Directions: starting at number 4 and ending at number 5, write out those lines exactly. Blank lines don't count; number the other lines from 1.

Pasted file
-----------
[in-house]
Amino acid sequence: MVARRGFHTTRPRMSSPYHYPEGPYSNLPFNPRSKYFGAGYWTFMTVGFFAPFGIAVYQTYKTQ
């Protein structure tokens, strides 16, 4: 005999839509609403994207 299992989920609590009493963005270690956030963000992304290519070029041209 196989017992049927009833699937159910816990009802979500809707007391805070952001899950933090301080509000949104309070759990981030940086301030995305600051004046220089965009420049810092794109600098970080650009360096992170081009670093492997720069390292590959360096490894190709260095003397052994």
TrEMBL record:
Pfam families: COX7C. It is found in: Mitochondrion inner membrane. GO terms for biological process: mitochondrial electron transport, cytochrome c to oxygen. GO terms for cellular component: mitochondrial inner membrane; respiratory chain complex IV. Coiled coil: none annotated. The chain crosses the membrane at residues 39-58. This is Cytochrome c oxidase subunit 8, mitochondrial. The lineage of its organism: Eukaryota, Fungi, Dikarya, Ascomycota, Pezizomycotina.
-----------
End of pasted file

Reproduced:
TrEMBL record:
Pfam families: COX7C. It is found in: Mitochondrion inner membrane. GO terms for biological process: mitochondrial electron transport, cytochrome c to oxygen. GO terms for cellular component: mitochondrial inner membrane; respiratory chain complex IV. Coiled coil: none annotated. The chain crosses the membrane at residues 39-58. This is Cytochrome c oxidase subunit 8, mitochondrial. The lineage of its organism: Eukaryota, Fungi, Dikarya, Ascomycota, Pezizomycotina.